The children… alternates with the current cases of a boy who wants to enter the industry, a girl already with some experience in various roles and the raw testimony of young people who, for various reasons (stress, drugs, sexual abuse, family exploitation, school and work, death…), could not continue working in the cinema. Let’s face it that there were admirable journeys, such as Mickey Rooney, Elizabeth Taylor, Natalie Wood… and younger ones like Jodie Foster, Gary Coleman, Todd Bridges, Henry Thomas, Evan Rachel Wood, Jovovich Mile, Natalie Portman… Those who have read or viewed the recent biopic about Judy Garland know how much it cost the actress the continuing demands of contracts and directors. Added to this are the rules to be followed according to their projections of children’s idols. Even though the Hays Code bans had been overturned in 1967, Hollywood would continue to drag certain ideological policies on what and how to render on screen. Evan Rachel Wood confesses: “Many girls were forced, and now you see more rejection, but I also know that many are pressured to stay in the closet and conform to gender norms that predominate in the film industry.”
When we look at the more specific cases of “Disney children,” the issue is even more disconcerting. For a large majority are so conditioned in their way of acting that, over the years, in the transition from childhood to puberty and, in the desire to continue their careers, they do their best to erase the apparent innocence they played for their Disney characters. Here we must mention mainly the repeated eccentricities of Miley Cyrus, protagonist of Hannah Montana, and before that the sound news about Britney Spears that, despite everything, managed to resume her career and change the opinions of fans and critics.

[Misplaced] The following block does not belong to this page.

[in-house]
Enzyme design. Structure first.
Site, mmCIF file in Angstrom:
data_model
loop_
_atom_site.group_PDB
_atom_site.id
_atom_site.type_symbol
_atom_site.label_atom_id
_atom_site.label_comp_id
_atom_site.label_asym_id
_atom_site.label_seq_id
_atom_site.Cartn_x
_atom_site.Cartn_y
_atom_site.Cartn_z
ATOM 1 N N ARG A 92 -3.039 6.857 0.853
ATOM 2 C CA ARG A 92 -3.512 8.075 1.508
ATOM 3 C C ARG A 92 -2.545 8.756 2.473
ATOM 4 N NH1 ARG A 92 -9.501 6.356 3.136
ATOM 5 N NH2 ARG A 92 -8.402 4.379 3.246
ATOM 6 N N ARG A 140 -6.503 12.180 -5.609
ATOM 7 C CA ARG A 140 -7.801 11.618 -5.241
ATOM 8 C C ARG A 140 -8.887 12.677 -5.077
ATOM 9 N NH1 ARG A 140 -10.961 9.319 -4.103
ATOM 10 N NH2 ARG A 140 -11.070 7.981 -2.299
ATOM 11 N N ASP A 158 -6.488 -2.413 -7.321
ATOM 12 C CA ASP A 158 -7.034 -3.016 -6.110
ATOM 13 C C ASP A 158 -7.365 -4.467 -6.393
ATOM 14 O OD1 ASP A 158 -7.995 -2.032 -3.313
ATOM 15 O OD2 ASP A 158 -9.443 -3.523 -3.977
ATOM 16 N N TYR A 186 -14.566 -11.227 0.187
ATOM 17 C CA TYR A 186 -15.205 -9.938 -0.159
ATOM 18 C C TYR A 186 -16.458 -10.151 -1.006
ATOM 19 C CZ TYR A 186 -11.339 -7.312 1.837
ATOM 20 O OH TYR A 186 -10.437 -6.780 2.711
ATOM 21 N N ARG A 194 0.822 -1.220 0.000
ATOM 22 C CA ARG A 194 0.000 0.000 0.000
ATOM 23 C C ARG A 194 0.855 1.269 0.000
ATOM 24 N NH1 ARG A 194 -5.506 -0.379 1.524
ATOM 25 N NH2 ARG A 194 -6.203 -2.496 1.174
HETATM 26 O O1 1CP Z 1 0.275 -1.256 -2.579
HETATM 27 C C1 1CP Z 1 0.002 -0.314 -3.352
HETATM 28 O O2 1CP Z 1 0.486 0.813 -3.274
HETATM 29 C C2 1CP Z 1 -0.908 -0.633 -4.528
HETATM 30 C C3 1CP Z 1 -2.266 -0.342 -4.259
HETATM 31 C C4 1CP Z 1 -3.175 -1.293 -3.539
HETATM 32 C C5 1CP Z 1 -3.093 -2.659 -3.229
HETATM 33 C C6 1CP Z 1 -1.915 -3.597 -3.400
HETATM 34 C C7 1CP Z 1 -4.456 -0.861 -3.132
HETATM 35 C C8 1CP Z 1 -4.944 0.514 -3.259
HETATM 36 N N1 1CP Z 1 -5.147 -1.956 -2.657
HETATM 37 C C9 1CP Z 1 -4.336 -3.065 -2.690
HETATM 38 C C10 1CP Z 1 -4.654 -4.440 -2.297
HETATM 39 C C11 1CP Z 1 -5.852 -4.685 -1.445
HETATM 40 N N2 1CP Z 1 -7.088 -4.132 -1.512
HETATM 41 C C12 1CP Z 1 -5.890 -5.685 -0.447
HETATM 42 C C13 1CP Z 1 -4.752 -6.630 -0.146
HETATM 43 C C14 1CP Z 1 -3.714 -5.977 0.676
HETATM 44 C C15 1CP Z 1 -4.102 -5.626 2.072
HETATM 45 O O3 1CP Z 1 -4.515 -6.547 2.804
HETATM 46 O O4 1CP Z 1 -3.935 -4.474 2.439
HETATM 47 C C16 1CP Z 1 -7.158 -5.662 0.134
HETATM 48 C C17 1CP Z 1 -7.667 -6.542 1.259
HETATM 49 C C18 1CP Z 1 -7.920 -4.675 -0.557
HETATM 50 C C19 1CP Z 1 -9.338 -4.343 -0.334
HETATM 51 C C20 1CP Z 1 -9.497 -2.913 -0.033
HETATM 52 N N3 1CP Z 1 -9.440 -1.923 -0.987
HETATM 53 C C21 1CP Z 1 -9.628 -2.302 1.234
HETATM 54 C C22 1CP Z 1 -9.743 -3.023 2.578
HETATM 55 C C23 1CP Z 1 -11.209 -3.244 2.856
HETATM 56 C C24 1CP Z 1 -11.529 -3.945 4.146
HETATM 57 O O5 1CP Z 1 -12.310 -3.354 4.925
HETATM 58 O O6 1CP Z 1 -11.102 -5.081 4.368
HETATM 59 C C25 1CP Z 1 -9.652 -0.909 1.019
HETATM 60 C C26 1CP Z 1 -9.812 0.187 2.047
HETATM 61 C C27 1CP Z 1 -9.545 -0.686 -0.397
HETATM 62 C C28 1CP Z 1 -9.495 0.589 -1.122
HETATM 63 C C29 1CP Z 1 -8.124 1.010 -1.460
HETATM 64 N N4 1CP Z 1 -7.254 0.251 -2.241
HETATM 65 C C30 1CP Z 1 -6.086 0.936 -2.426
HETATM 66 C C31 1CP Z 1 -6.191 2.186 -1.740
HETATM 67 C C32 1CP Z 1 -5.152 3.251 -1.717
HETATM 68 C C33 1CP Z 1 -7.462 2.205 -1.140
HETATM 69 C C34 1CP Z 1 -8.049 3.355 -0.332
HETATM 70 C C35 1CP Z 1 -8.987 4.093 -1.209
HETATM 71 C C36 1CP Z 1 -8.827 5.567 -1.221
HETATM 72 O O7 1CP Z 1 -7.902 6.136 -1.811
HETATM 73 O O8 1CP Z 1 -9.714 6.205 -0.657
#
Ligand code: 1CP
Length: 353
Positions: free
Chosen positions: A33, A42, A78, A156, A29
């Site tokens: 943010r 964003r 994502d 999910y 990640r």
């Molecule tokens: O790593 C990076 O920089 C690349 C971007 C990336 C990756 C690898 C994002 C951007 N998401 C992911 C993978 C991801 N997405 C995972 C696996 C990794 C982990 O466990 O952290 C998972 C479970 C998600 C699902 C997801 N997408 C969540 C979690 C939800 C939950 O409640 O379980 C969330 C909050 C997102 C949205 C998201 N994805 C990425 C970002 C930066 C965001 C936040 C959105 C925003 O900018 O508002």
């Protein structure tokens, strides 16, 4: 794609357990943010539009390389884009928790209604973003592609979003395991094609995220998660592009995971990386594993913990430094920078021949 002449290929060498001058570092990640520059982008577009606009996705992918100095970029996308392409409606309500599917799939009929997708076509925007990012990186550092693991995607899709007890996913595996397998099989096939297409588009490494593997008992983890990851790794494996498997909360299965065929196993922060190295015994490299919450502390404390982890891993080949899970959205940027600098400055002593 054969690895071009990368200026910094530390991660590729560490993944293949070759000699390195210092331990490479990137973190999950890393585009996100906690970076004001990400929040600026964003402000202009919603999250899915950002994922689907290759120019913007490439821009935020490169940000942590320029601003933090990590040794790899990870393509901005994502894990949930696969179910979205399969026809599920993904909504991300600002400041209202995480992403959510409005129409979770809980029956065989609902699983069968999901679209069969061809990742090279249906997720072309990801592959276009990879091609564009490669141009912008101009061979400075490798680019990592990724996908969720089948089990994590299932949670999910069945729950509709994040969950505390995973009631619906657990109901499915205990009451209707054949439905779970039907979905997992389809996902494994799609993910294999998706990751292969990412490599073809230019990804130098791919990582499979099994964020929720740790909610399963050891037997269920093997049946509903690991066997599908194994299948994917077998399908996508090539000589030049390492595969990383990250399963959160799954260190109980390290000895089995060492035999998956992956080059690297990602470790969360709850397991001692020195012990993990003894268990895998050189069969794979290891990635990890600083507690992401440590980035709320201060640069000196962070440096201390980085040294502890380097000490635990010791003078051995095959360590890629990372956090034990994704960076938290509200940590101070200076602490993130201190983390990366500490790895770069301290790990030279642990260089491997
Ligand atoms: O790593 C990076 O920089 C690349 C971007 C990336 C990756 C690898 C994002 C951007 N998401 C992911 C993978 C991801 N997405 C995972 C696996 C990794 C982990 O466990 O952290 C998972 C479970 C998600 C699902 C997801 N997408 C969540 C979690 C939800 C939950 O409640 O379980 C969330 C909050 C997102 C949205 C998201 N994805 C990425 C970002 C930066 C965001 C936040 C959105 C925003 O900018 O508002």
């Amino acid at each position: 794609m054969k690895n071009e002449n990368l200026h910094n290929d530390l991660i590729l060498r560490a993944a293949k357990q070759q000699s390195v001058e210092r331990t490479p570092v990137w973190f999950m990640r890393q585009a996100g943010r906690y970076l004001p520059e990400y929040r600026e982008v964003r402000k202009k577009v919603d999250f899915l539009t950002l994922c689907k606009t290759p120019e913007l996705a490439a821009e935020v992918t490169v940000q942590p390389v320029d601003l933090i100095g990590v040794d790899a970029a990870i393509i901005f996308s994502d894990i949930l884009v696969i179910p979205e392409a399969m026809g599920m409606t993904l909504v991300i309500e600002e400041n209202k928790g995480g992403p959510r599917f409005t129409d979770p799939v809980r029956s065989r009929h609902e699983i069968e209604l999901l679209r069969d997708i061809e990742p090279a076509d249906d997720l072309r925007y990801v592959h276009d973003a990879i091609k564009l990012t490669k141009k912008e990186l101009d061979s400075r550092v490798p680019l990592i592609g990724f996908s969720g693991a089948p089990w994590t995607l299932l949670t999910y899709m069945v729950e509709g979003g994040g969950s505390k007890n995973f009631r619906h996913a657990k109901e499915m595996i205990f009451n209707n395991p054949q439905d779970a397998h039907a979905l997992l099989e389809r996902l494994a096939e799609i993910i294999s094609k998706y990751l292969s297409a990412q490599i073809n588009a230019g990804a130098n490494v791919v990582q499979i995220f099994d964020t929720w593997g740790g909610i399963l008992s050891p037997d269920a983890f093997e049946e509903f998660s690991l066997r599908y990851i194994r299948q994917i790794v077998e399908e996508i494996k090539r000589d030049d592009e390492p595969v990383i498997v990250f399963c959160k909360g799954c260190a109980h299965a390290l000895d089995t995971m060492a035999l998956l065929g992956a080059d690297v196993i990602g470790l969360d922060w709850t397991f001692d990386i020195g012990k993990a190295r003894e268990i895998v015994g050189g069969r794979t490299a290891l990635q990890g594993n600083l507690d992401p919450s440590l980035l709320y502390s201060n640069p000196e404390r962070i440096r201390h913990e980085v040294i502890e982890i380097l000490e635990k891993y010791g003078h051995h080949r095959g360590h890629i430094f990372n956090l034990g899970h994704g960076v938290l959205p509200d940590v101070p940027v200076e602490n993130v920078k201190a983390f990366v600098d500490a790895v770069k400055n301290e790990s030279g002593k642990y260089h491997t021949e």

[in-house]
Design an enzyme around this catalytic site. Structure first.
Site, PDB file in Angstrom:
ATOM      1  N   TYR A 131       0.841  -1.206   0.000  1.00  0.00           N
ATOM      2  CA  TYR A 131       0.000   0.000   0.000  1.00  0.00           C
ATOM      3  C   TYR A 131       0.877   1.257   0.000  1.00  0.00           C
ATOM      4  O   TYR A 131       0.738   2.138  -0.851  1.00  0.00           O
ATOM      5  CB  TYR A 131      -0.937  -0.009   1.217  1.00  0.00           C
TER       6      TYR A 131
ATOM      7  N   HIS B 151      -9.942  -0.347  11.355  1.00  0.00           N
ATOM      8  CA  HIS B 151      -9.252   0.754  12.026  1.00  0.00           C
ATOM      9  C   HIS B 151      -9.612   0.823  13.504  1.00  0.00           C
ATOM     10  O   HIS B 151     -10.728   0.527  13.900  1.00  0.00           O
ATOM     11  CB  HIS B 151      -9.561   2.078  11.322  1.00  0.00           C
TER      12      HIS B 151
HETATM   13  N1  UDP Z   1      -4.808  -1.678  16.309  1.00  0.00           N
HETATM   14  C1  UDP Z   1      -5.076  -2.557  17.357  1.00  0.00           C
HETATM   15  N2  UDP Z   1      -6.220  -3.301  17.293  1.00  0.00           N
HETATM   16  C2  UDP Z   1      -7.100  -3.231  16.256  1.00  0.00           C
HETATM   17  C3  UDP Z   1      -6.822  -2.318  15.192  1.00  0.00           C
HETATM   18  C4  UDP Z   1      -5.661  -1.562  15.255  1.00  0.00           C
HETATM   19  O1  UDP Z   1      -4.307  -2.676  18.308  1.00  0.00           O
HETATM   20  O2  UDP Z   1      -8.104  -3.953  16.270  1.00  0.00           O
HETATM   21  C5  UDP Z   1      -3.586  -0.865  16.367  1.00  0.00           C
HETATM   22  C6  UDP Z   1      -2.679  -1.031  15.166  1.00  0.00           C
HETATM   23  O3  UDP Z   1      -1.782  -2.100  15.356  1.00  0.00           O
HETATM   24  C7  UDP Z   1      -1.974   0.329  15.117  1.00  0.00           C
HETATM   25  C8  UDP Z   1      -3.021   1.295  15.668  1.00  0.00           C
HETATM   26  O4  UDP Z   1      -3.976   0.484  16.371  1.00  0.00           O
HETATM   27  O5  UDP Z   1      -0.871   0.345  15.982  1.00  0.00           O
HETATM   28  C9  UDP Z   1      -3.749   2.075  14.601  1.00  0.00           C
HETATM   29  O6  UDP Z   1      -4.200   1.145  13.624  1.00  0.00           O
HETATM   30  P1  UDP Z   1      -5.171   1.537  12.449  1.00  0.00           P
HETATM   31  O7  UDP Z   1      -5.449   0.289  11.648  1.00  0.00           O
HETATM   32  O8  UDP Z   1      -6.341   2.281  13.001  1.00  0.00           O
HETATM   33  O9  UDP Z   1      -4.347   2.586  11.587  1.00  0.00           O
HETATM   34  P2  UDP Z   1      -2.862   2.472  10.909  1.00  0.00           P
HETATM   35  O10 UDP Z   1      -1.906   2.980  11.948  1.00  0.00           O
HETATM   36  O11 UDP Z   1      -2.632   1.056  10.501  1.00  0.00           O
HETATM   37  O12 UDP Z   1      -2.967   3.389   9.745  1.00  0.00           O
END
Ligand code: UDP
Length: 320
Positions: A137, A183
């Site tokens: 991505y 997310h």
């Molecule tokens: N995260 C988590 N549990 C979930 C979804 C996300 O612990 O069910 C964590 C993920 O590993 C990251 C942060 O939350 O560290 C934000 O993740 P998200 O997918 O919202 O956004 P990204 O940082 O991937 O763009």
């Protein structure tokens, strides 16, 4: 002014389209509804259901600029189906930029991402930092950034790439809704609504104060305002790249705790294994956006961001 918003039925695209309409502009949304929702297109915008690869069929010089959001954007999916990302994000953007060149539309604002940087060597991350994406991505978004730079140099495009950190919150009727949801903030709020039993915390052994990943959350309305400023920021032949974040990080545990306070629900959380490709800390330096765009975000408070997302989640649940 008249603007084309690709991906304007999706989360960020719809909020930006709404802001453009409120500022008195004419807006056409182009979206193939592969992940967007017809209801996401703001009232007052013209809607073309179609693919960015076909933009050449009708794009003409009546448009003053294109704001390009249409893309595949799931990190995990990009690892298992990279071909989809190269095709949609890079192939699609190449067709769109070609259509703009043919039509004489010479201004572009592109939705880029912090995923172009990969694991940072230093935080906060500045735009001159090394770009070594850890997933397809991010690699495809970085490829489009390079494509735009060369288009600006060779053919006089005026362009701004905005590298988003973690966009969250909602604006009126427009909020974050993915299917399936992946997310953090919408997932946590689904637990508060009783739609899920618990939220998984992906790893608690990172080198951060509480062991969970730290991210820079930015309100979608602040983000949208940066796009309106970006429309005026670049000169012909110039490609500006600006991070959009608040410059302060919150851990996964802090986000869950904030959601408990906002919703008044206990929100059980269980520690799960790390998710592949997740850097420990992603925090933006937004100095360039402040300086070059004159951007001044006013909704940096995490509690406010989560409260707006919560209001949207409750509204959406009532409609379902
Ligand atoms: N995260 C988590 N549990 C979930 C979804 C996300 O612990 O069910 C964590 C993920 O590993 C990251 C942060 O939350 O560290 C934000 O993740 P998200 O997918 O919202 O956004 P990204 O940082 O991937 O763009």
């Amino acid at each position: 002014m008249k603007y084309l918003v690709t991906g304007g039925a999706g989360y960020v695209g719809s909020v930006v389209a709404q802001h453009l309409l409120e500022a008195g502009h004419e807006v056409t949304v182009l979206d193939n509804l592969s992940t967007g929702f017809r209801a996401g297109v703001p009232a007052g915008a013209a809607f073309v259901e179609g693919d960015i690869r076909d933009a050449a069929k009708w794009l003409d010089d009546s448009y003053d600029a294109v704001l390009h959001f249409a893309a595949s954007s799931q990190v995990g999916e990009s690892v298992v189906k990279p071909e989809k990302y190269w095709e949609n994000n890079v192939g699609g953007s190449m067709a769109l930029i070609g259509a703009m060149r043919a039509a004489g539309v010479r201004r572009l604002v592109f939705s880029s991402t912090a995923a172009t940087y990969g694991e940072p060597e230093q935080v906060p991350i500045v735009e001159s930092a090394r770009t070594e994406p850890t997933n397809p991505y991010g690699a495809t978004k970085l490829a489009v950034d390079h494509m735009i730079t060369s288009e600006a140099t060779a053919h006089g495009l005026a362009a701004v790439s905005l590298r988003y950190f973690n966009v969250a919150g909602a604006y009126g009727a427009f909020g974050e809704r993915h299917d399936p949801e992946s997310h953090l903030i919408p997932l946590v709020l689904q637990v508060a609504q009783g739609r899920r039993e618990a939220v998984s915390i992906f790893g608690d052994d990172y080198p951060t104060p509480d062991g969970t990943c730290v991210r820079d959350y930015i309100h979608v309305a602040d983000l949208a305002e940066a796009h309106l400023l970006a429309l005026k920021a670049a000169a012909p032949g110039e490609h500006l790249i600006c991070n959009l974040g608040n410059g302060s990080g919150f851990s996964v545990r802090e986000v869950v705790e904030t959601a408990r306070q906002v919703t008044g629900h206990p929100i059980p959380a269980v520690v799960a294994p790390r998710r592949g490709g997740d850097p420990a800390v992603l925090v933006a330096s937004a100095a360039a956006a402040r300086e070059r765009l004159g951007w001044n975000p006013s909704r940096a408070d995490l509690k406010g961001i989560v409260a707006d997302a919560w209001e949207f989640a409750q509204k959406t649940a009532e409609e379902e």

The aftermath of the physical and psychological pressure on these children had already had its alarming references when, on October 31, 1993, the 23-year-old promise River Phoenix died from ingesting an overdose of heroin and cocaine. Cases keep repeating themselves. Let’s not forget the victims who keep accumulating the Glee series. It is no longer a question concerning only the context of cinema, but social media. If you’re an idol, how much is expected of you is one success after another. It’s not enough to please yourself in your own supersations. You have to help motivate other people’s personal triumphs. Is that society’s plan for these star children? Indeed, it is the one that the industry sells you as a dream and possibility of being in the world. Disconnect from business? It would be like going downhill. Few walk away and forget how much they’ve been through.
The Hollywood children, dedicated to the memory of Diana Serra Cary and Cameron Boyce, is also a very suggestive documentary of how to survive in show business. The old Baby Peggy was 101 years old; the “Disney boy” Boyce only twenty. Ω